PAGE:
Blog: Theatres Fit for the Future
What will the ‘new post-Covid normal’ look like and what does this mean for the way we design, adapt and run theatres? Theatres Trust Director Jon Morgan introduces the topics being discussed at Conference 22.
It would be tempting as we emerge from the upheaval of the last two years to imagine theatres returning to normal. However, much as that may seem an attractive prospect is it realistic or even desirable?
There are so many disruptive factors precipitated by the pandemic that have yet to settle down, from audience demand, demographics and behaviours, to the implications of hybrid working, to changing production and touring models and the future role of digital, not to mention the very challenging economic and funding environment.
Additionally, Covid threw a stark light on many aspects of how the theatre sector operates that are inequitable, ranging from the precarious experience of the thousands of freelancers our industry relies on, through to racism, the challenges for disabled people returning to theatres and other exclusionary practices, and the pressing need to address the climate emergency. So even if we could return to ‘normal’, why would we?
The good news is that many in the sector are aware of and engaged with understanding and attempting to address these vital issues for the future of our theatres. At Conference 22: Theatres Fit for the Future, on 11 October at Lyric Theatre Hammersmith, we will bring together a mix of inspiring speakers and case studies, alongside opportunities for discussion and sharing of best practice, to help us understand what the future landscape will be, what we want it to be, and how we can best make sure our theatres are fit for the future.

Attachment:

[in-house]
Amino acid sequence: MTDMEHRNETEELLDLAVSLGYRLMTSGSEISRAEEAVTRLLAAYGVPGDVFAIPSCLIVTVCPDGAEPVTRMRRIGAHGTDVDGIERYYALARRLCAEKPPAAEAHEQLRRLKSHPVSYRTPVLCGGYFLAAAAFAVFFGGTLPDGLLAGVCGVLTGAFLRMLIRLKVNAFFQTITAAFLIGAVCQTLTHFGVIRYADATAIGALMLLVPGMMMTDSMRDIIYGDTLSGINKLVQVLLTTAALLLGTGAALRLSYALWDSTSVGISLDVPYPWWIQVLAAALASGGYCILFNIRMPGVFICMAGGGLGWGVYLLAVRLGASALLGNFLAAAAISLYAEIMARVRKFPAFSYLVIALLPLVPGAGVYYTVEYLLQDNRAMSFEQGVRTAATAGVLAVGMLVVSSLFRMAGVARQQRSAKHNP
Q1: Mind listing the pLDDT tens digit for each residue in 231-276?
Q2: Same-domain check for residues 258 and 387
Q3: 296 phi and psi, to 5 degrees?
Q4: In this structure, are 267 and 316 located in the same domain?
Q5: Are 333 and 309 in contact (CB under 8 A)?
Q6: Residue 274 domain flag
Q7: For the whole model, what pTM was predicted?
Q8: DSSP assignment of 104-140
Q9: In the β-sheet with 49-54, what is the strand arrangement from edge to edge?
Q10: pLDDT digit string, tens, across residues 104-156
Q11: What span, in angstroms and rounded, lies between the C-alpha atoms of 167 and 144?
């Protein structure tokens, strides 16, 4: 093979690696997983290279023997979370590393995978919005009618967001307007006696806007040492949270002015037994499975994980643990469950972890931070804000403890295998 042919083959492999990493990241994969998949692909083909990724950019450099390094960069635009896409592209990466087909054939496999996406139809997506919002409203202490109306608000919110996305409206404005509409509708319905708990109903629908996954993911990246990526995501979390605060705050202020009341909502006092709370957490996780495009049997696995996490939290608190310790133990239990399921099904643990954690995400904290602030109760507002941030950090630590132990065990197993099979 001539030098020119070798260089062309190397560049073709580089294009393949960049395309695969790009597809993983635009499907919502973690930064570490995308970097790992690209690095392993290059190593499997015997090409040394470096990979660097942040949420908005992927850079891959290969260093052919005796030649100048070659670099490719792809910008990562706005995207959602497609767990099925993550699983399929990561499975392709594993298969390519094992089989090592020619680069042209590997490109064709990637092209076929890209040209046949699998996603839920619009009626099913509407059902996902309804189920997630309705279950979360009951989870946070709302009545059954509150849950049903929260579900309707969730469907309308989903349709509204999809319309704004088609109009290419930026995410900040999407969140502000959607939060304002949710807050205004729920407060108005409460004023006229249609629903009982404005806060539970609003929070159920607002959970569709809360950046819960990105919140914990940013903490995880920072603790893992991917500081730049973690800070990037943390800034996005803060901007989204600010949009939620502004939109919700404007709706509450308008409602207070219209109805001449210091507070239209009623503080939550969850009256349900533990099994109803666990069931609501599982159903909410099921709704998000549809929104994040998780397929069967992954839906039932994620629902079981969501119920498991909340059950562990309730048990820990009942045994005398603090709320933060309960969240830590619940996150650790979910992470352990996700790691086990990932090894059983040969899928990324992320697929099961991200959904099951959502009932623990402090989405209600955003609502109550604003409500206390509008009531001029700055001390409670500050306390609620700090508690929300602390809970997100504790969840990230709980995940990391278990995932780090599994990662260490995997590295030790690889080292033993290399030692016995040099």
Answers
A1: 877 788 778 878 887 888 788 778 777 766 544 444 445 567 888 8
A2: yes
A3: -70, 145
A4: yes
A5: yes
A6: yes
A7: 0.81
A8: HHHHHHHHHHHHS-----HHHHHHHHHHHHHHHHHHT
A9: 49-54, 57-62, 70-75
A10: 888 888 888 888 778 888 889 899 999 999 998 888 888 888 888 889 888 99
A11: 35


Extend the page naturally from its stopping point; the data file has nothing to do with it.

We will hear from theatres that are exploring new business models to ensure they not only survive but thrive in this new environment, looking at how they are generating new income streams, finding different ways to engage with their audiences and communities and developing partnership approaches to increase resilience and impact.
Architects and practitioners will help us imagine what a truly inclusive theatre, one that takes account of everyone’s access and cultural needs, might look like. Theatre operators will share their innovative practice to ensure they are welcoming to all, with schemes such as ‘pay what you can’ and relaxed performances, they will help us understand how they listened to and responded to the needs of their different communities.
We will also return to sustainability, the theme of last year’s conference, which generated a lot of positive feedback, including the need to continue to address this issue. We will hear about the latest developments on the Theatre Green Book, including the recently released Home Survey Tool which will greatly help theatre operators create a bespoke, prioritised plan for interventions that will reduce their building’s carbon emissions. Theatres will also share their experience of investing in carbon reduction measures and the challenges, opportunities and energy saving benefits.
Looking at the wider political and social context, the Levelling Up agenda, greater devolution and the trend towards greater localism, with the concept of 15 minute neighbourhoods and the working from home revolution, all point towards an enhanced role for theatres as part of placemaking. A range of speakers will help to unpick these phenomena and explore how in both strategic and practical ways theatres contribute to and can benefit from these trends.
There is no doubt that theatres are not ‘out of the woods’ post-pandemic and we face many challenges. But there is a great will and a huge amount of creative energy in the sector to find solutions to make sure our theatres not only come back, but come back better.
We are keen to include as many voices in the conference as possible so our delegate rates are lower than at our last pre-pandemic conference and we will also be building on the success of our previous bursary scheme to offer more free places to smaller theatres, freelancers and students, thanks to the support of sponsors Avison Young, Delfont Mackintosh Theatres and Trafalgar Theatres.
I hope you will also want to contribute to these vital conversations so we can collectively ensure our theatres are fit for the future.